A United States District Court granted summary judgment to the FBI in a FOIA action brought by the AP, USA Today, and Vice, seeking disclosure of the name of the vendor the FBI used to access the San Bernardino shooter’s iPhone and the amount the FBI paid that vendor. The court found that three of FOIA’s national security and law enforcement exemptions applied to both pieces of information and therefore the FBI did not have to provide the information to the news agencies. Although not relevant to the ultimate outcome, the court also found that FOIA’s trade secret and financial information exemption did not apply to the amount paid to the vendor. This opinion illustrates the low bar the government faces when withholding information ostensibly related to national security and law enforcement.
The matter started when the AP, USA Today, and Vice each sought records relating to the FBI’s agreement with the vendor that assisted in accessing the San Bernardino shooter’s iPhone. After the FBI withheld some information based on several FOIA exemptions, the news agencies narrowed their request to just the name of the vendor and the amount paid to the vendor. The parties then cross-moved for summary judgment. Noting that an agency’s justification for invoking a FOIA exemption need only be “logical” or “plausible,” the court found that three of the FBI’s claimed exemptions applied to both the name of the vendor and amount it was paid, and that a fourth exemption did not apply to the amount the vendor was paid.
The first exemption that the court found applied to both the name and price was the exemption for records authorized by executive order to be kept secret in the interest of national defense or foreign policy. The court found that the name and amount paid to the vendor were properly withheld under the Classified National Security Information Executive Order because releasing the information could cause an identifiable and discernible degree of harm to national security. The court said that releasing the vendor’s identity could harm national security because it might allow adversaries to use existing public technology created by the vendor to probe for weaknesses and create better encryption technology to thwart the FBI’s ability to use the tool, and subject the vendor to attacks by entities who wish to exploit the technology, limiting the FBI’s present and future ability to gain access to suspected terrorists’ phones. The court said that disclosure of the amount paid could harm national security because it might logically reveal how much the FBI values gaining access to suspects’ phones, and the breadth of the tool’s capabilities.
The second exemption the court found applied to both the name and price was the exemption for information specifically exempted by statute. The FBI said Section 102A(i)(1) of the National Security Act of 1947, which protects intelligence sources and methods from disclosure, exempted both pieces of information from disclosure, and the court agreed. With respect to the identity of the vendor, the court called the tool itself an intelligence source and method because it “allows the FBI to access intelligence information on suspects’ phones, therefore logically serving as both a source of intelligence information and a method for obtaining intelligence information.” The court similarly found that “information regarding the purchase price relates to an intelligence source and method because it could lead to information about the iPhone hacking tool, in the same manner as discussed under Exemption 1.”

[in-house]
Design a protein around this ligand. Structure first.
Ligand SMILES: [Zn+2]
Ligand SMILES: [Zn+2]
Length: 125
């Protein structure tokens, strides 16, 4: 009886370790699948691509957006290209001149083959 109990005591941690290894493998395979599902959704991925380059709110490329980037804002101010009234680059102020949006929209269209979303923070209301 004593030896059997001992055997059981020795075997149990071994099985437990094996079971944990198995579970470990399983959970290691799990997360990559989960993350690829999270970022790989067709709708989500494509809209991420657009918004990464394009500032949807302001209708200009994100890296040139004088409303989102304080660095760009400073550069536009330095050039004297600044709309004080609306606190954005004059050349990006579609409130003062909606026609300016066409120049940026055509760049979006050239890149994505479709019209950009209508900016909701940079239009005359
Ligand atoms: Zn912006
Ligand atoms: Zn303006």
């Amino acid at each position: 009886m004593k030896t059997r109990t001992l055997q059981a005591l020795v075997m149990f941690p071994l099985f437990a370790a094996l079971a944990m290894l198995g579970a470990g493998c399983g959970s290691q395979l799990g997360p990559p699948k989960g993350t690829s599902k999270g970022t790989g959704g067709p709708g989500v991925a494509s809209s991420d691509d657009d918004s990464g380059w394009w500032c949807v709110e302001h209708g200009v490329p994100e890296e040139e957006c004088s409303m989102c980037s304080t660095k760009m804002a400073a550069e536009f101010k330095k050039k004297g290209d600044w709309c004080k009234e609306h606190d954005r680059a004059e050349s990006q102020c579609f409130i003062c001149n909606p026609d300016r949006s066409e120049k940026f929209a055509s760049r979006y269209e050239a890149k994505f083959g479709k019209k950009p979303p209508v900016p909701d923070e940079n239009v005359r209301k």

The third exemption the court found applied to both the name and price was the exemption for records that would disclose techniques, procedures or guidelines for law enforcement investigations or prosecutions if such disclosure could reasonably be expected to risk circumvention of the law. Noting that the FBI need only show that release of the information will create a “chance of a reasonably expected risk of circumvention of law,” the court found that the FBI met its burden. With respect to the vendor’s identity, the court found that the tool was itself a law enforcement technique and that releasing the vendor’s identity could allow hostile entities to discover how the tool works and then use that information to circumvent the tool. The court also found that releasing the amount paid to the vendor could reveal the nature of the tool and its likely capabilities as well as how the FBI concentrates its resources, which “in turn could give rise to the development of countermeasures by hostile entities that could cause circumvention of the law.”
Finally, court found that Exemption 4, which protects privileged and confidential trade secrets and commercial or financial information did not apply to the amount the FBI paid for the tool. Here the sole issue in dispute was whether the price information was “confidential.” The court found that the price paid for the tool was not confidential information in the FOIA context because releasing the information was not likely to impair the government’s ability to obtain similar information in the future or cause substantial harm to the vendor’s competitive position.